Wristwatch-Distal Radial Fracture as a Marker for Osteoporosis Investigation: A Controlled Trial of Patient Education and a Physician Alerting System

Ash, Maureen, Khan, Karim, Guy, Pierre, Kruse, Karen, Hughes, Ken, O'Brien, Peter, Janssen, Patti and Mckay, Heather (2004) Wristwatch-Distal Radial Fracture as a Marker for Osteoporosis Investigation: A Controlled Trial of Patient Education and a Physician Alerting System. Journal of Hand Therapy, 17 3: 324-328. doi:10.1197/j.jht.2004.04.001


Author Ash, Maureen
Khan, Karim
Guy, Pierre
Kruse, Karen
Hughes, Ken
O'Brien, Peter
Janssen, Patti
Mckay, Heather
Title Wristwatch-Distal Radial Fracture as a Marker for Osteoporosis Investigation: A Controlled Trial of Patient Education and a Physician Alerting System
Formatted title
Wristwatch—Distal Radial Fracture as a Marker for Osteoporosis Investigation: A Controlled Trial of Patient Education and a Physician Alerting System
Journal name Journal of Hand Therapy   Check publisher's open access policy
ISSN 0894-1130
Publication date 2004-07
Sub-type Article (original research)
DOI 10.1197/j.jht.2004.04.001
Volume 17
Issue 3
Start page 324
End page 328
Total pages 5
Place of publication Amsterdam
Publisher Elsevier
Language eng
Subject 1103 Clinical Sciences
Abstract This article reports a controlled trial to investigate the effectiveness of patient education and a physician alerting system in altering secondary osteoporosis prevention after a low-trauma (fragility) wrist fracture and to record the current rate of osteoporosis investigation following such fractures. Fifty-one women and men aged 50 years or older with a low-trauma wrist fracture were identified (41 women and 10 men; mean age [95% CI], 71.51 [67.31–74.81]). The intervention group received a four-part intervention aimed at both the patient and the family physician in addition to the usual care for the fracture. The control group only received usual care for the fracture. Data were collected for both groups at six weeks and six months. Results indicate that 92% of the intervention subjects were investigated for osteoporosis, compared with the usual-care group, in which only 23% were investigated. Early osteoporosis intervention has the potential to limit disease impact, and hand therapists can play a key role in early identification of osteoporosis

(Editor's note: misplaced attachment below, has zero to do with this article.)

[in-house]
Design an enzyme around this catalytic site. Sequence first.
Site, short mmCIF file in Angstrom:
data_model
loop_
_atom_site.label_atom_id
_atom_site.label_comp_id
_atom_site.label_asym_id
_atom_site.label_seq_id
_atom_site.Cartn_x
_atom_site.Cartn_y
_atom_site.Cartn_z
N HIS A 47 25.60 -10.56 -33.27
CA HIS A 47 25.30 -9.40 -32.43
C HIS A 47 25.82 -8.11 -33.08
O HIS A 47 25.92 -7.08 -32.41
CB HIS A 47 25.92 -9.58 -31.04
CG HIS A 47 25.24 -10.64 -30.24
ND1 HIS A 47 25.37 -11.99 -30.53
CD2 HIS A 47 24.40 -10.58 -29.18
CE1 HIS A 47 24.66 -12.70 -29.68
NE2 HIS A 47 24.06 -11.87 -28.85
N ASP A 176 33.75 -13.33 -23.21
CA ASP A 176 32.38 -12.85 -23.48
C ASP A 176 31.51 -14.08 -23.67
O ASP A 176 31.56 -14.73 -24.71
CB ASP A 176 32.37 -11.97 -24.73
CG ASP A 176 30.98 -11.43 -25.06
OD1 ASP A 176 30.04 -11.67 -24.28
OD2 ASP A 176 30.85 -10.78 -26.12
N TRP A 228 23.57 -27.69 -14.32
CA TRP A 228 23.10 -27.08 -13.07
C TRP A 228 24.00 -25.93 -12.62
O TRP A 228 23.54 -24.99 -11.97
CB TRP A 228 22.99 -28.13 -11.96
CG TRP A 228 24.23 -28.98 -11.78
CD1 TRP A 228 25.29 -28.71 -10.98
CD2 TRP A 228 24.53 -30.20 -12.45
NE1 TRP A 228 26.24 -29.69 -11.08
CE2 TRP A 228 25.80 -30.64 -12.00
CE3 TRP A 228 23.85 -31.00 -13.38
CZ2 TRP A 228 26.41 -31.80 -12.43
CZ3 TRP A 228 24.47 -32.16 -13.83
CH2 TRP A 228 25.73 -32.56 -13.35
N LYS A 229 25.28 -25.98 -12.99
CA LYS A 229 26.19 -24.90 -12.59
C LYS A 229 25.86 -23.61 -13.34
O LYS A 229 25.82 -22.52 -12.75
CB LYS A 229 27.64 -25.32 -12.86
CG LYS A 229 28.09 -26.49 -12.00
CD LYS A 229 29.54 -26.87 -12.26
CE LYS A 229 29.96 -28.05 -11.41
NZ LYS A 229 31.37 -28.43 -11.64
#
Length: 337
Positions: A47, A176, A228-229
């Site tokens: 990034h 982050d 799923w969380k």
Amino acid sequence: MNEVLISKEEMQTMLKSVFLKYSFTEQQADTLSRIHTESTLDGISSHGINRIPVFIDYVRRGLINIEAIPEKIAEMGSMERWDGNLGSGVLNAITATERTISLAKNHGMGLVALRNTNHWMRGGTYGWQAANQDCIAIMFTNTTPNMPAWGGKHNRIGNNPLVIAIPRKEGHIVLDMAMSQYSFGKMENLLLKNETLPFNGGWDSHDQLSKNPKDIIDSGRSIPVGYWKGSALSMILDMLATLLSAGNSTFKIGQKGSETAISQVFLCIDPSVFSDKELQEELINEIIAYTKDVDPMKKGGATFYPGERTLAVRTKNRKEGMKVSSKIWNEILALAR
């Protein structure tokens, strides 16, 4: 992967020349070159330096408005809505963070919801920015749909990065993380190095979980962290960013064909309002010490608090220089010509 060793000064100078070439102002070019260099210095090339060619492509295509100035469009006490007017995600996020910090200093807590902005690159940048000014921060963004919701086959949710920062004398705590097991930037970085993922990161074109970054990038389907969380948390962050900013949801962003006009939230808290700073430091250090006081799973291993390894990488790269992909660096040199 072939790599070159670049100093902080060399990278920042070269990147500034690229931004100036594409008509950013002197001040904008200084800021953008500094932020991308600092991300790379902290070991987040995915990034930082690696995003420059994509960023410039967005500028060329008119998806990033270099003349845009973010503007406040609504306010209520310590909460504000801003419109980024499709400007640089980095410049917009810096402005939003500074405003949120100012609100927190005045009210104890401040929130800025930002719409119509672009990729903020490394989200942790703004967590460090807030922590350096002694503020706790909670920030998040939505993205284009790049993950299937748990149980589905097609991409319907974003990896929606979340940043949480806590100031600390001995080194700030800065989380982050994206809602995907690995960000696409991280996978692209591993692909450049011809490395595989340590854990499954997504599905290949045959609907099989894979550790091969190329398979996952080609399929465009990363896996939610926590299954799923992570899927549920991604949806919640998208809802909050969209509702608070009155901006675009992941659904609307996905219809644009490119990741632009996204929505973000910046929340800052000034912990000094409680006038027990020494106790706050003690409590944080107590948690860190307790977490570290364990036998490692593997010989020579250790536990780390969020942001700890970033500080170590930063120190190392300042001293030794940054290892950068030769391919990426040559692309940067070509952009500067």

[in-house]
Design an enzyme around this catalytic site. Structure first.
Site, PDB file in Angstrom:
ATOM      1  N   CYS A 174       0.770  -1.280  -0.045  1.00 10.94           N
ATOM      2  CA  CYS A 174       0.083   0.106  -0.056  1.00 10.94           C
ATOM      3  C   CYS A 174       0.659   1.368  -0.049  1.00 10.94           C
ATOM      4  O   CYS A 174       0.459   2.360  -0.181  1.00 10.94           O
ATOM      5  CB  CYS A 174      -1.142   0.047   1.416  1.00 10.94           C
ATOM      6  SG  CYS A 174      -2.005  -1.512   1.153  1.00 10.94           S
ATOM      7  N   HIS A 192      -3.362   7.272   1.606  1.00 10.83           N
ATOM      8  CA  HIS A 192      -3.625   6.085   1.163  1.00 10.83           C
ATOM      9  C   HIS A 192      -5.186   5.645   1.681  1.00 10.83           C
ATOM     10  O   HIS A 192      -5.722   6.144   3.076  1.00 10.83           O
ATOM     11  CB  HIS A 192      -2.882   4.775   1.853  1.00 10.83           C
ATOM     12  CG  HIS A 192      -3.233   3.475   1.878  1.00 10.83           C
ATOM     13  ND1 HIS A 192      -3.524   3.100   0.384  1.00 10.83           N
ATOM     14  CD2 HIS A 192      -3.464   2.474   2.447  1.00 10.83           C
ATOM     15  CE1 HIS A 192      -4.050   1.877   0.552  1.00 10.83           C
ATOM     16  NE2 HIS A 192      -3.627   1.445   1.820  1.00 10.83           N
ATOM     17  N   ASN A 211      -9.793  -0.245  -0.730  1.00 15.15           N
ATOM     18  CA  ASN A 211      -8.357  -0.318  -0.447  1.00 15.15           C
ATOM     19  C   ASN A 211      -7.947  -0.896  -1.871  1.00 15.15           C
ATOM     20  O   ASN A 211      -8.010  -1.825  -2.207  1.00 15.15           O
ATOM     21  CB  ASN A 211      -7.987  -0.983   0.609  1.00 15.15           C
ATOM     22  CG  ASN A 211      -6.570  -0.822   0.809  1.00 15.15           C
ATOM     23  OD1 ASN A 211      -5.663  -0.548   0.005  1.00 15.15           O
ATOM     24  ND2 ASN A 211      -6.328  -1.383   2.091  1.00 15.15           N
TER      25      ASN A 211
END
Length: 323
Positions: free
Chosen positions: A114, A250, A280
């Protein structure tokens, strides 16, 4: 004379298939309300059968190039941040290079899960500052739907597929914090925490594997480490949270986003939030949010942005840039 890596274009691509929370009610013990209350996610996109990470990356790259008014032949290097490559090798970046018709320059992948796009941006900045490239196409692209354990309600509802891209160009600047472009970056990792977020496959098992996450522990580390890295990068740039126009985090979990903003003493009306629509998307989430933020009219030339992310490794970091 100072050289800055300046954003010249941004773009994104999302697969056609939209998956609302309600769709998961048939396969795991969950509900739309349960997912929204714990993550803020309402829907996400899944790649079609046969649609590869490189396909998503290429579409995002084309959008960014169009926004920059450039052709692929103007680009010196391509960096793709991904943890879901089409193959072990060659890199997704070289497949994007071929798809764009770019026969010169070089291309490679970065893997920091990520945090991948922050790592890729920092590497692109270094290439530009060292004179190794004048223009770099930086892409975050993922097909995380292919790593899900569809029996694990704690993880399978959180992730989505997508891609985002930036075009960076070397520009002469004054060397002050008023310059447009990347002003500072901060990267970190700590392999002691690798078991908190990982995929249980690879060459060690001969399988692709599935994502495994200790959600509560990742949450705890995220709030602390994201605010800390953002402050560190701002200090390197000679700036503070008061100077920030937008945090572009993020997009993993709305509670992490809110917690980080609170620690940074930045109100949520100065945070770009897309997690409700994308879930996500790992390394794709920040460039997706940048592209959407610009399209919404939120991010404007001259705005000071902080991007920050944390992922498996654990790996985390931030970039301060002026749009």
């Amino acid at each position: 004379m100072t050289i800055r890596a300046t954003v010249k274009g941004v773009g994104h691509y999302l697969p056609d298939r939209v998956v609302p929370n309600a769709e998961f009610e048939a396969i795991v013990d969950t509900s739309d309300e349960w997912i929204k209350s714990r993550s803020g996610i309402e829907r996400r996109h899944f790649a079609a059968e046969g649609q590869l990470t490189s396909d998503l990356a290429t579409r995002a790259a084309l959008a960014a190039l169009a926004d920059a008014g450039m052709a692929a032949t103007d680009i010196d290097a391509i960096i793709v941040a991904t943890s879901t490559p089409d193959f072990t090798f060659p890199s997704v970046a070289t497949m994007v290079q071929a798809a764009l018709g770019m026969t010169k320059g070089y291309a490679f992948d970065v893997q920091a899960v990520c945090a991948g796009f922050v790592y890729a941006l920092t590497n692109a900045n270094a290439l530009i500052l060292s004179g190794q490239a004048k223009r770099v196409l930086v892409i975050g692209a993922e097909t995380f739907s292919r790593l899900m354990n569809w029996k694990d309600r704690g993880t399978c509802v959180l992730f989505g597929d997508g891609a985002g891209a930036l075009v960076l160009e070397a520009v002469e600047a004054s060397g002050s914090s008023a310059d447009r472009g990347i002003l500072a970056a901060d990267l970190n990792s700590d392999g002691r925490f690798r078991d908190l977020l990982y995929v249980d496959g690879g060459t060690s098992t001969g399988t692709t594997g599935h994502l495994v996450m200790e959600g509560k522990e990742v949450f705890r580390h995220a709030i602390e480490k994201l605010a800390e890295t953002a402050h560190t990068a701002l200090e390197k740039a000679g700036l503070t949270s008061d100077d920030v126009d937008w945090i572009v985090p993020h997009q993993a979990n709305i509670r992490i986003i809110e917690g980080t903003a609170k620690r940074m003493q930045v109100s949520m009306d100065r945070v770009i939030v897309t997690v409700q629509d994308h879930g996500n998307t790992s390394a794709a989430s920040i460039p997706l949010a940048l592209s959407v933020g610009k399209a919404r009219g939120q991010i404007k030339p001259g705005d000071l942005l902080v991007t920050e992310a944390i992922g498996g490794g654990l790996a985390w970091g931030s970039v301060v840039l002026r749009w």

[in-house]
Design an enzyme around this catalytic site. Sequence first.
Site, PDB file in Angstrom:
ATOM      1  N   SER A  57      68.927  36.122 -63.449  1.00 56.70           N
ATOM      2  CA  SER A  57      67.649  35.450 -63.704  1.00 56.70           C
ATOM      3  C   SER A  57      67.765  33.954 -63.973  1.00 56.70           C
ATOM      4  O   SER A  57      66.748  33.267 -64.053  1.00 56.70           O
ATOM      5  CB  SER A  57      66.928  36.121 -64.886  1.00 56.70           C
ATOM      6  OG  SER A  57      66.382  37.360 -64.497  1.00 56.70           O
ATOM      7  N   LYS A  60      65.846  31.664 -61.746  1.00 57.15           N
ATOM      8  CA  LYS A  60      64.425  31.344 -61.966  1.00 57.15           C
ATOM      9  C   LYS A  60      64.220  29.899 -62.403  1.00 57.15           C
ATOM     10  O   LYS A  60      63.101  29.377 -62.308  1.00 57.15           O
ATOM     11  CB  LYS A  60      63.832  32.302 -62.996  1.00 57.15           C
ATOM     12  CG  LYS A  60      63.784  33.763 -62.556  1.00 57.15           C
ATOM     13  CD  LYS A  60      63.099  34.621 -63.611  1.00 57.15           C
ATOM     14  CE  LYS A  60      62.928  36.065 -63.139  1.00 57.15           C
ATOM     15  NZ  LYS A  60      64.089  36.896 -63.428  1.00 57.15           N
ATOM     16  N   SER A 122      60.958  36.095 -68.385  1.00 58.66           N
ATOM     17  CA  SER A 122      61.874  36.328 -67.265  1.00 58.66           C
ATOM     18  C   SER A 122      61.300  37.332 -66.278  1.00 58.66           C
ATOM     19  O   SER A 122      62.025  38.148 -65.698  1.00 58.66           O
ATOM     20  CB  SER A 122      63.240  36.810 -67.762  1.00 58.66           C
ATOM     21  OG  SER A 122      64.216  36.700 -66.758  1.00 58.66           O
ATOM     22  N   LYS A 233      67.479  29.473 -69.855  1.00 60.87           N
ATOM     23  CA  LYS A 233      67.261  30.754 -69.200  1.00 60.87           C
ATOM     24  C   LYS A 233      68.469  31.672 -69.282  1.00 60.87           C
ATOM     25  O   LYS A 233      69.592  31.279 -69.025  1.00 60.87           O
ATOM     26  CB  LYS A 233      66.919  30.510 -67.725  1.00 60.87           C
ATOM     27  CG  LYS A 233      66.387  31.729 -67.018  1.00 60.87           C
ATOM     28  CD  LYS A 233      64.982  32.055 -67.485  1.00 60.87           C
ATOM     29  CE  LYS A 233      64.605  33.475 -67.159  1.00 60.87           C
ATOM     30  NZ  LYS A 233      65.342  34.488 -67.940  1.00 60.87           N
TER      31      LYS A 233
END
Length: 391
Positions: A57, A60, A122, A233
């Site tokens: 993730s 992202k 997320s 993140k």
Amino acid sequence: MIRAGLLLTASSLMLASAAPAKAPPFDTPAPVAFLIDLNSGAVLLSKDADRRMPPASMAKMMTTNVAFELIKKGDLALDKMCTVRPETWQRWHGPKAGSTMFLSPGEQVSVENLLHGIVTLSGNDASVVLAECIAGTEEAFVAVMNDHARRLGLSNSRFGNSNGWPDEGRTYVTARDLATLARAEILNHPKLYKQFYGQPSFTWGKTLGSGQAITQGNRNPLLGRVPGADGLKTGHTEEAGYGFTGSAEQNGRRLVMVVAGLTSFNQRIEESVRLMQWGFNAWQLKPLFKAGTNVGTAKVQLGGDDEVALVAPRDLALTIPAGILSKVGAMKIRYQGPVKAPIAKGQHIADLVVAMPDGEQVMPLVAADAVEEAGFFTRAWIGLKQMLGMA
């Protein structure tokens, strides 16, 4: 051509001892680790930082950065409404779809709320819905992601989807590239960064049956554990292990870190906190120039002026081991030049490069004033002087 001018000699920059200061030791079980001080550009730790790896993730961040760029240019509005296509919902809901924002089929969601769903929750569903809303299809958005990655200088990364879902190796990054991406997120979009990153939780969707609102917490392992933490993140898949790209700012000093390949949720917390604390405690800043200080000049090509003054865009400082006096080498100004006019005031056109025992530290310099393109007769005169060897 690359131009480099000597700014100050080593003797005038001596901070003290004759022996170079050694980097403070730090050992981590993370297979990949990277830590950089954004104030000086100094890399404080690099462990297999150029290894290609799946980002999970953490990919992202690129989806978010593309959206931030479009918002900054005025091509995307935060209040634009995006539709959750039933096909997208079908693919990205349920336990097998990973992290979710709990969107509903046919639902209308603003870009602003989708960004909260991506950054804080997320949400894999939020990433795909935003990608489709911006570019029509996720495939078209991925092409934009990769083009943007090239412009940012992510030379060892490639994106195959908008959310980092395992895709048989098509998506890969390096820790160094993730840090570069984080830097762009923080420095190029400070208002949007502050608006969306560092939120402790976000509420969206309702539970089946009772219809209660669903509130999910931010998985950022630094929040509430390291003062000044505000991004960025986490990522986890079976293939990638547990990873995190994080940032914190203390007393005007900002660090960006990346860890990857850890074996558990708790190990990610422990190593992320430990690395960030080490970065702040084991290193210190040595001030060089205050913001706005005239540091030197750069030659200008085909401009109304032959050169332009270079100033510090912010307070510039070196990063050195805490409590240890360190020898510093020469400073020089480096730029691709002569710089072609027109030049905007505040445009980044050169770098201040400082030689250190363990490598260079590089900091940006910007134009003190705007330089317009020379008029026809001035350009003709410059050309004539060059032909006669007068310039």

Q-Index Code C1

Document type: Journal Article
Sub-type: Article (original research)
Collections: Excellence in Research Australia (ERA) - Collection
School of Human Movement and Nutrition Sciences Publications
 
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Created: Tue, 10 Mar 2009, 11:14:49 EST by Judy Dingwall on behalf of School of Human Movement and Nutrition Sciences